Desperation of two Ethiopian journalists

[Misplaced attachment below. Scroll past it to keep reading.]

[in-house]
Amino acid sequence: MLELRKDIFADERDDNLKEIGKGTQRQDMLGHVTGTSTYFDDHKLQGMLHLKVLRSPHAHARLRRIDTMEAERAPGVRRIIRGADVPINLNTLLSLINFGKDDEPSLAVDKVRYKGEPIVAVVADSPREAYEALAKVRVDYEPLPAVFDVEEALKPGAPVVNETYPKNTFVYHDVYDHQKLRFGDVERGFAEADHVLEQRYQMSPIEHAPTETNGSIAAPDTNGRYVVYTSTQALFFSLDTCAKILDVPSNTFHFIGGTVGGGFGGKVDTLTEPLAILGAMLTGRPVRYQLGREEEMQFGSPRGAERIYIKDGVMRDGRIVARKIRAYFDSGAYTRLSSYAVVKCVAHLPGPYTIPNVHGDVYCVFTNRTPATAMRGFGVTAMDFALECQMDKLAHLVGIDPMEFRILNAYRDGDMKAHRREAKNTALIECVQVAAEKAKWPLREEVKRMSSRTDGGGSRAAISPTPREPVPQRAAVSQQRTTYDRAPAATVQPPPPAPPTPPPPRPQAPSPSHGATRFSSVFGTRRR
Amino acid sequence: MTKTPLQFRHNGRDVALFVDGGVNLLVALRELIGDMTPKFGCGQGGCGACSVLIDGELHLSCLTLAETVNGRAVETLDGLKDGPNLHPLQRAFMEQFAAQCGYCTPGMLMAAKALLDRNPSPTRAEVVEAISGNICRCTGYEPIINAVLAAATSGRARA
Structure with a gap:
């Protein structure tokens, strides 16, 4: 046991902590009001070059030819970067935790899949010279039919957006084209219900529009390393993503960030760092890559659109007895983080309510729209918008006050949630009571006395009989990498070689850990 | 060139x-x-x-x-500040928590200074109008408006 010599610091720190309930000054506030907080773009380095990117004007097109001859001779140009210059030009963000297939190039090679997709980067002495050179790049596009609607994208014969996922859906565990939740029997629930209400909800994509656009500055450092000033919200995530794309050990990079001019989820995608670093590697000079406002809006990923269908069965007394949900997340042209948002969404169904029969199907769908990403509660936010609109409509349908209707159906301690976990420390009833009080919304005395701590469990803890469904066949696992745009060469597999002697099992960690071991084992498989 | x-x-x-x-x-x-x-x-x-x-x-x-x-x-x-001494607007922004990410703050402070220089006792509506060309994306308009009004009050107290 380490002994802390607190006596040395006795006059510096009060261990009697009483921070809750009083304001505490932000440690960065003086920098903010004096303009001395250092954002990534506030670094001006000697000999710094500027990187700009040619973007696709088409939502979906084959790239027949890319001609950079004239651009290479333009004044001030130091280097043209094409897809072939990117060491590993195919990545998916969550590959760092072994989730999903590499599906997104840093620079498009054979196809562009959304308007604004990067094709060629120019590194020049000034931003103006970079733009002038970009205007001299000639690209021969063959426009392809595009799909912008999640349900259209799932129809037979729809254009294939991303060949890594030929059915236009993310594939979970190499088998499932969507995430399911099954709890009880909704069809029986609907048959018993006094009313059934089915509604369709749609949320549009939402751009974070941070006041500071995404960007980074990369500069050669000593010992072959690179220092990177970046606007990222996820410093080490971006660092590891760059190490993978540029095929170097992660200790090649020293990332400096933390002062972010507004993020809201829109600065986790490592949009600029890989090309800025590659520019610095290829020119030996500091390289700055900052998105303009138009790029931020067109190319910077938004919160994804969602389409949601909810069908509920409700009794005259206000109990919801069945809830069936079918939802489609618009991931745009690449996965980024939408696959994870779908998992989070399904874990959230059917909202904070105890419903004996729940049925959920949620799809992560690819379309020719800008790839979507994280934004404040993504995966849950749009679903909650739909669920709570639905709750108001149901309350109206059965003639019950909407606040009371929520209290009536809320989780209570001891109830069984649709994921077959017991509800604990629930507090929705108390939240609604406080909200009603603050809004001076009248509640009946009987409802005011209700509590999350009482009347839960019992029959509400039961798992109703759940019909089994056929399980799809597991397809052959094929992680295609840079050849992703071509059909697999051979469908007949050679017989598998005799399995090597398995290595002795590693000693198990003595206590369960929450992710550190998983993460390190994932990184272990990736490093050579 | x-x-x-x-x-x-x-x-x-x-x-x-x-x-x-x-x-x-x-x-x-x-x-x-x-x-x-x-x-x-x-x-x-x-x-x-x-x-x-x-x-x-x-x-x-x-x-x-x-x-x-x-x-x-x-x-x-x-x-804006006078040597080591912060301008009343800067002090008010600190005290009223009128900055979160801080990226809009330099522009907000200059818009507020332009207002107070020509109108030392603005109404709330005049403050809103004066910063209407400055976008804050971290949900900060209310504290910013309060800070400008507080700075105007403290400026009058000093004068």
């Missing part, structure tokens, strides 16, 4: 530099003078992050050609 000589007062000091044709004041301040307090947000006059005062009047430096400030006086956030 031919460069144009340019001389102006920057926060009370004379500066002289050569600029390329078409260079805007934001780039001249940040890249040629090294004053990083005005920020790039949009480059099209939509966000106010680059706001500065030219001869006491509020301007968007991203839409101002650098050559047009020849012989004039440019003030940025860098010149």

first_imgNews – “Petros” and “Yohannes” are not their real names, which were not used for their protection. Organisation It has gone on for three years. They have lived far from their country for three years without seeing an end to an ordeal that began in Ethiopia with repeated imprisonment, constant harassment by the authorities, threats and finally acceptance that they would have to go into exile. Since then, Yohannes and Petros have lived in Yemen, enduring an existence of daily trials and tribulations, and above all indifference. This is their story, and their cry of alarm.Thanks to their strength of character, adversity has not got the better of them, or at least not yet. They continue to fight as best they can, with the energy and resolve of those who no longer have anything to lose. They give interviews to any media that want to listen, they send off appeals for help in all directions and above all they continue to demonstrate a determination to pull through. Their descriptions of their last moments in Ethiopia are deeply moving and the after-effects are there as evidence. Petros’ diabetes is much worse and Yohannes is now almost paralysed. They were persecuted mainly because of what they wrote, which was regarded as “critical and unacceptable” by the authorities. The two journalists decided to leave in 2005 after a major crackdown on the privately-owned press and opposition in the wake of that year’s presidential election. “I preferred to risk drowning at sea to falling into the clutches of the Ethiopian authorities again,” Yohannes said.More tribulations“Imagine being at sea, everyone jammed together, hands tied behind our backs, often beaten and tormented by hunger and thirst,” says Petros, who still cannot believe he survived that crossing of the Gulf of Aden, a cemetery for many seeking exile. It is estimated that 590 people drowned trying to cross the gulf by boat in 2008 and that even more, 1,400 died in 2007. Petros and Yohannes tried and succeeded “by the grace of God.” They thought they had put the worst behind them but their arrival in Yemen brought more tribulations. What with health problems, the dangers of the street, harassment by the Yemeni police, makeshift accommodation and the urgent need for treatment – Petros and Yohannes now have one overriding goal, to leave Yemen and find a more hospitable country. “Meanwhile, we have to hold on and keep asking for help,” says Yohannes, who hopes one day to see light at the end of the tunnel. RSF_en April 28, 2009 – Updated on January 25, 2016 Desperation of two Ethiopian journalists Help by sharing this informationlast_img read more